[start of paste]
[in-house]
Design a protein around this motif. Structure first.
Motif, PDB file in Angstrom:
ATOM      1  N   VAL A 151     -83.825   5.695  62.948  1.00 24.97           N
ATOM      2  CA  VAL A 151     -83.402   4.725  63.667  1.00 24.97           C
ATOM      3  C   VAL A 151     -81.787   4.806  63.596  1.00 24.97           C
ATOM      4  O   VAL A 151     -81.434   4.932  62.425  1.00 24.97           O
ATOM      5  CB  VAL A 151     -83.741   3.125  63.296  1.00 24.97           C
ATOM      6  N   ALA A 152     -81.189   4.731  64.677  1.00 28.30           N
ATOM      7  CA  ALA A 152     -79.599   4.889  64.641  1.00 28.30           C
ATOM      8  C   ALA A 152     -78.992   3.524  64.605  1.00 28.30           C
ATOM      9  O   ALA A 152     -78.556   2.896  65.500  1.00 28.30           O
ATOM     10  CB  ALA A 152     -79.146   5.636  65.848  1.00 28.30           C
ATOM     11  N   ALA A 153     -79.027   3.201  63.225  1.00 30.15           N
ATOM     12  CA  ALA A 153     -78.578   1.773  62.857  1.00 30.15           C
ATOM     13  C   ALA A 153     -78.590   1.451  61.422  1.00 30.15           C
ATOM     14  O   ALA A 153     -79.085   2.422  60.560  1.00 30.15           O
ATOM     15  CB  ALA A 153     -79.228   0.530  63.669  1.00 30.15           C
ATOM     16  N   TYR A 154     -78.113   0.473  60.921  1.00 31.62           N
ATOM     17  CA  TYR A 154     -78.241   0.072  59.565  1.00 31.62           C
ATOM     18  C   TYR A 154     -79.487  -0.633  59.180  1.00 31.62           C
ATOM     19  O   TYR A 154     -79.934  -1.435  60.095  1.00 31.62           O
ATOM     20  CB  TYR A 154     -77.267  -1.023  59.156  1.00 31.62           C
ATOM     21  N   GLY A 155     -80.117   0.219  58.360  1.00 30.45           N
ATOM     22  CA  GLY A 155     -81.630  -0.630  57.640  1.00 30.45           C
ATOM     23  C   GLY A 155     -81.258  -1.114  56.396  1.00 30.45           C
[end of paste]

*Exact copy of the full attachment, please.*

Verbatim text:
[in-house]
Design a protein around this motif. Structure first.
Motif, PDB file in Angstrom:
ATOM      1  N   VAL A 151     -83.825   5.695  62.948  1.00 24.97           N
ATOM      2  CA  VAL A 151     -83.402   4.725  63.667  1.00 24.97           C
ATOM      3  C   VAL A 151     -81.787   4.806  63.596  1.00 24.97           C
ATOM      4  O   VAL A 151     -81.434   4.932  62.425  1.00 24.97           O
ATOM      5  CB  VAL A 151     -83.741   3.125  63.296  1.00 24.97           C
ATOM      6  N   ALA A 152     -81.189   4.731  64.677  1.00 28.30           N
ATOM      7  CA  ALA A 152     -79.599   4.889  64.641  1.00 28.30           C
ATOM      8  C   ALA A 152     -78.992   3.524  64.605  1.00 28.30           C
ATOM      9  O   ALA A 152     -78.556   2.896  65.500  1.00 28.30           O
ATOM     10  CB  ALA A 152     -79.146   5.636  65.848  1.00 28.30           C
ATOM     11  N   ALA A 153     -79.027   3.201  63.225  1.00 30.15           N
ATOM     12  CA  ALA A 153     -78.578   1.773  62.857  1.00 30.15           C
ATOM     13  C   ALA A 153     -78.590   1.451  61.422  1.00 30.15           C
ATOM     14  O   ALA A 153     -79.085   2.422  60.560  1.00 30.15           O
ATOM     15  CB  ALA A 153     -79.228   0.530  63.669  1.00 30.15           C
ATOM     16  N   TYR A 154     -78.113   0.473  60.921  1.00 31.62           N
ATOM     17  CA  TYR A 154     -78.241   0.072  59.565  1.00 31.62           C
ATOM     18  C   TYR A 154     -79.487  -0.633  59.180  1.00 31.62           C
ATOM     19  O   TYR A 154     -79.934  -1.435  60.095  1.00 31.62           O
ATOM     20  CB  TYR A 154     -77.267  -1.023  59.156  1.00 31.62           C
ATOM     21  N   GLY A 155     -80.117   0.219  58.360  1.00 30.45           N
ATOM     22  CA  GLY A 155     -81.630  -0.630  57.640  1.00 30.45           C
ATOM     23  C   GLY A 155     -81.258  -1.114  56.396  1.00 30.45           C